China’s clampdown on fake-paper factories picks up speed

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China’s clampdown on fake-paper factories picks up speed

Two major research funders in China have conducted a spate of misconduct investigations, punishing at least 23 scientists for using ‘paper mills’ — businesses that produce sham manuscripts, including fake data to order.

The sanctions — which include temporary bans on applying for funding or the loss of grants and promotions — follow a policy introduced in September last year that was intended to stamp out paper mills and deal with other misconduct. The move is part of a wider clampdown on misconduct in China, where there have been multiple misconduct scandals in recent years.

Although researchers occasionally faced sanctions before 2020, this was the first time that misconduct policies included violations involving independent businesses that sell writing or data services to researchers.

The punishments are a “major step forward” for China, says Xiaotian Chen, a library and information scientist at Bradley University in Peoria, Illinois, who has studied retractions and research misconduct in China.

However, compared with the norms in some parts of the world “they may still not be strong enough”, he says. For example, publishing fabricated or falsified data in papers funded by government grants might be considered fraud in some countries, he says, and therefore a criminal offence.

Tip of the iceberg

Researchers also say that the investigations could represent just the tip of the iceberg and question why those who run the paper mills have escaped sanctions. “Why are they allowed to continue?” asks Chen.

The National Health Commission of the People’s Republic of China (NHC) and the National Natural Science Foundation of China (NSFC) have so far sanctioned at least 23 researchers who turned to third-party services that provide scientific text and data, or who bought and sold papers, according to reports published between March and September that detail the outcome of 42 investigations.

Researchers in China might turn to paper mills to buy papers or data because they need scientific publications in order to get promotions. Paper mills have been thrust into the spotlight over the past year as scientific journals have retracted hundreds of articles suspected of coming from them.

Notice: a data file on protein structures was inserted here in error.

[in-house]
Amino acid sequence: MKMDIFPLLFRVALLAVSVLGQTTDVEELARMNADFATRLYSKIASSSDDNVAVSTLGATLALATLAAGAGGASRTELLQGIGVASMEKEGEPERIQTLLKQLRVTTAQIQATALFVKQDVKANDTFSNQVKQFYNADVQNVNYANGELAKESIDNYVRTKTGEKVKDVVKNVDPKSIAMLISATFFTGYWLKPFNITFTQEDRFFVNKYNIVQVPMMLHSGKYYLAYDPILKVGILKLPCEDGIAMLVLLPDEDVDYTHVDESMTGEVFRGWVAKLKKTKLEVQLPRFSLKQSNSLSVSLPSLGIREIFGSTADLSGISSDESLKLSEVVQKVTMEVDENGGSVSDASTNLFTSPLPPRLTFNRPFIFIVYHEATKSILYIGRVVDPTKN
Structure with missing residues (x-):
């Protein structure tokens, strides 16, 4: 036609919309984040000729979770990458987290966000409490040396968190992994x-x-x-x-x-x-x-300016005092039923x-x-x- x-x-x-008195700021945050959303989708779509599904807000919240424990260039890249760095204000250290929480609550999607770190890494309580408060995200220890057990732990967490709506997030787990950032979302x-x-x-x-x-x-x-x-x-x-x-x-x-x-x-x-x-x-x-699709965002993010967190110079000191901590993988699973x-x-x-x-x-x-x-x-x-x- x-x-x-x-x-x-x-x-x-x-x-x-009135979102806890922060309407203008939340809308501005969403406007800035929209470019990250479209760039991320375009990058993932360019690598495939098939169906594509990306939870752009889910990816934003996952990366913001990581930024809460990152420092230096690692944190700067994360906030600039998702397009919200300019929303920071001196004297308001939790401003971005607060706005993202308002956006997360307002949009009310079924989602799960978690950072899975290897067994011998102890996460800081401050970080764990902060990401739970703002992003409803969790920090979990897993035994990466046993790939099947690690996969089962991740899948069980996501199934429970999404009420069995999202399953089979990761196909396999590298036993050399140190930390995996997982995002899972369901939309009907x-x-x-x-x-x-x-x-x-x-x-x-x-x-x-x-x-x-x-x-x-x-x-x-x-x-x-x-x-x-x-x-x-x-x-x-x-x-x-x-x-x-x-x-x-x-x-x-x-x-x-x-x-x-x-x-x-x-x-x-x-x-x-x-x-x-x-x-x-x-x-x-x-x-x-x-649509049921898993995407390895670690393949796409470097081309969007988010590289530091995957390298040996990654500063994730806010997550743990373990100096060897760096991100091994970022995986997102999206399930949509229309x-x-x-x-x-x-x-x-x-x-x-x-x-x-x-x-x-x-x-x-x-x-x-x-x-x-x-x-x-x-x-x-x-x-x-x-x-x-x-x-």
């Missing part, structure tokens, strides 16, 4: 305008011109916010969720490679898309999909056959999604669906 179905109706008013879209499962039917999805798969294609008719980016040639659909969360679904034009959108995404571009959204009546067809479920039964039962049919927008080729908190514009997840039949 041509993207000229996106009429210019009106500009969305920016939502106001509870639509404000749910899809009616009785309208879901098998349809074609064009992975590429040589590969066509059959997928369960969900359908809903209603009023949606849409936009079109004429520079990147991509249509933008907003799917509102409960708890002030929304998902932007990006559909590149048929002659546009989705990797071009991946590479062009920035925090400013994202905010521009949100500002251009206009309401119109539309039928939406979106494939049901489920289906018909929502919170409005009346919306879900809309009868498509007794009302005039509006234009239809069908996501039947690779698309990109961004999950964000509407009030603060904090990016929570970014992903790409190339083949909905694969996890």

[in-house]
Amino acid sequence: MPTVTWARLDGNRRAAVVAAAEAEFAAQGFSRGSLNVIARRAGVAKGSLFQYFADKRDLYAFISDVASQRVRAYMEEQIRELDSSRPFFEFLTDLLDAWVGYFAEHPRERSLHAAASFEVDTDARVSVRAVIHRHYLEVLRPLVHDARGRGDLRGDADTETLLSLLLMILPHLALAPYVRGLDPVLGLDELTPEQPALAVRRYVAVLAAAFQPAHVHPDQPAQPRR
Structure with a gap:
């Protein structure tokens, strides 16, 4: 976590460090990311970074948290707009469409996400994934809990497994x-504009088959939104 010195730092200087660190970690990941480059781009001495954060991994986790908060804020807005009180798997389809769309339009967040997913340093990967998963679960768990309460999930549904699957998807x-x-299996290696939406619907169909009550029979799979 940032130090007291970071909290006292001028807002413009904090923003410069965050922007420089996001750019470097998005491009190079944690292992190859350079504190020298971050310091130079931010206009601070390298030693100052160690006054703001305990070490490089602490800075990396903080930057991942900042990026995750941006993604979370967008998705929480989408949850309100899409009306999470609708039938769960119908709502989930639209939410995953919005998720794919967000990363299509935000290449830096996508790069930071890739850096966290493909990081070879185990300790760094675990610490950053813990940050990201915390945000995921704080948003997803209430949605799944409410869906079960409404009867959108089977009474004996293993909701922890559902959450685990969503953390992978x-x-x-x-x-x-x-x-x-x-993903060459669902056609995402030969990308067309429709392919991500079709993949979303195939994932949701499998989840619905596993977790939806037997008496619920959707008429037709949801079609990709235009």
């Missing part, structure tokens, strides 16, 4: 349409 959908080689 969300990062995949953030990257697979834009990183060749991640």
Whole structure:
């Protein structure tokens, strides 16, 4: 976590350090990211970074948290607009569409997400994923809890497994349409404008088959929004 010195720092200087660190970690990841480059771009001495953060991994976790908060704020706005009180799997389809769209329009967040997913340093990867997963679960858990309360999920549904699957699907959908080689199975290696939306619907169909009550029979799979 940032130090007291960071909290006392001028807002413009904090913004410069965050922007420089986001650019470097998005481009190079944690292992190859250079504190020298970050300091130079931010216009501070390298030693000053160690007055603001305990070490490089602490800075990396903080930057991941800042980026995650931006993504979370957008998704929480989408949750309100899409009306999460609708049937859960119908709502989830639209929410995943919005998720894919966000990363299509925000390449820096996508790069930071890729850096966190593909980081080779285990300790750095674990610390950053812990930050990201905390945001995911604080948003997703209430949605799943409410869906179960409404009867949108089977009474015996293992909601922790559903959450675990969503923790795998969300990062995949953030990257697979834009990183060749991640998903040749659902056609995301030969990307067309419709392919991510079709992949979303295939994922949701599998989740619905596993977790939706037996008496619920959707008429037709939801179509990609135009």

In March, Nature reported that 370 such articles had been retracted since January 2020, all from authors at Chinese hospitals; that tally is now, by Nature’s count, at least 665.

Scientists had previously been reprimanded for using paper mills, but in 2017 a major scandal rocked the Chinese scientific community. The journal Tumor Biology retracted 107 research papers because many had fabricated peer-review reports or had been churned out by paper mills.

Policy in action

As a result, China’s ministry of science and technology vowed to crack down on breaches in research integrity, and in 2018 announced sweeping reforms to tackle misconduct. Last year saw the launch of the new research-misconduct policy, which for the first time explicitly mentioned paper mills. Under the policy, serious violations of the rules must be made public.

The recent actions by several research funders suggests that the policy is being put into practice. In March and July, the NSFC published the details of 13 misconduct investigations, 6 of which involved paper mills, with one researcher reportedly paying 24,000 yuan (US$3,700) for their thesis. The remaining cases involved peer-review fraud, plagiarism and data falsification. Between June and September, the NHC reported nearly 30 other cases of misconduct, including paper-mill use.

Sanctions for researchers found to be using paper mills ranged from lectures of admonishment, to suspending all funding applications for up to seven years and opportunities for promotion for up to six years.

Futao Huang, a Chinese researcher working at Hiroshima University in Japan, agrees with Chen that the punishments doled out to researchers using paper mills are too light, and that China’s academic evaluation system needs an overhaul, particularly in hospitals.

To reduce the pressure felt by Chinese researchers to publish papers, “more flexible and diverse research-evaluation schemes should be developed,” he says.

Chen would like to see a crackdown on the paper mills themselves. “I have read reports by Chinese domestic media investigating paper mills, but have not seen any punishment any paper mill has faced,” he says.

China’s ministry of science and technology did not respond to Nature‘s request for comment.


Additional reporting by Richard Van Noorden.


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